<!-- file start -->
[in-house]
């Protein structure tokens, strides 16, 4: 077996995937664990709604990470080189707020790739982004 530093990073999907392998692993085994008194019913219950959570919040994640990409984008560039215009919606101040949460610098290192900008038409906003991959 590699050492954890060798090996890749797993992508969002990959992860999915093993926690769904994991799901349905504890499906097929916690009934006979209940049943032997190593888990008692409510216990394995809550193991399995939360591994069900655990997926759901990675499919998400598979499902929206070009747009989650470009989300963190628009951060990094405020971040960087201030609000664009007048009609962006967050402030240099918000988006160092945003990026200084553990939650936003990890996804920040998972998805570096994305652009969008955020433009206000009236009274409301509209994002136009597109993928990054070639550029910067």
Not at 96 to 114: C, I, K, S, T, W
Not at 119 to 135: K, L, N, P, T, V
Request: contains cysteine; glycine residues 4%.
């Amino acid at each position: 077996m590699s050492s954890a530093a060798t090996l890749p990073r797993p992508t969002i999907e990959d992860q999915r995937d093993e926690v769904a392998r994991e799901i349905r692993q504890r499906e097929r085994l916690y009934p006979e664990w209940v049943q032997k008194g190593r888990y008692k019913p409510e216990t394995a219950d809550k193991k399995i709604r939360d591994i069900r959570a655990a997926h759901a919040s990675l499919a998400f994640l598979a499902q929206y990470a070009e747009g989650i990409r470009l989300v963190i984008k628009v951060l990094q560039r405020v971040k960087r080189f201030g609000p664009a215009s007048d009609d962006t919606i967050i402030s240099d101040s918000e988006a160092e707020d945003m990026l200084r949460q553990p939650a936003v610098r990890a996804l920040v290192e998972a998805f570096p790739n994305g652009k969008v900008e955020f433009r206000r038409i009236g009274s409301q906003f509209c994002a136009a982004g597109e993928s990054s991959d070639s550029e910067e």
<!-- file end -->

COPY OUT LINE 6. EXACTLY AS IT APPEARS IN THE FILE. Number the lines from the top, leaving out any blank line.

């Amino acid at each position: 077996m590699s050492s954890a530093a060798t090996l890749p990073r797993p992508t969002i999907e990959d992860q999915r995937d093993e926690v769904a392998r994991e799901i349905r692993q504890r499906e097929r085994l916690y009934p006979e664990w209940v049943q032997k008194g190593r888990y008692k019913p409510e216990t394995a219950d809550k193991k399995i709604r939360d591994i069900r959570a655990a997926h759901a919040s990675l499919a998400f994640l598979a499902q929206y990470a070009e747009g989650i990409r470009l989300v963190i984008k628009v951060l990094q560039r405020v971040k960087r080189f201030g609000p664009a215009s007048d009609d962006t919606i967050i402030s240099d101040s918000e988006a160092e707020d945003m990026l200084r949460q553990p939650a936003v610098r990890a996804l920040v290192e998972a998805f570096p790739n994305g652009k969008v900008e955020f433009r206000r038409i009236g009274s409301q906003f509209c994002a136009a982004g597109e993928s990054s991959d070639s550029e910067e």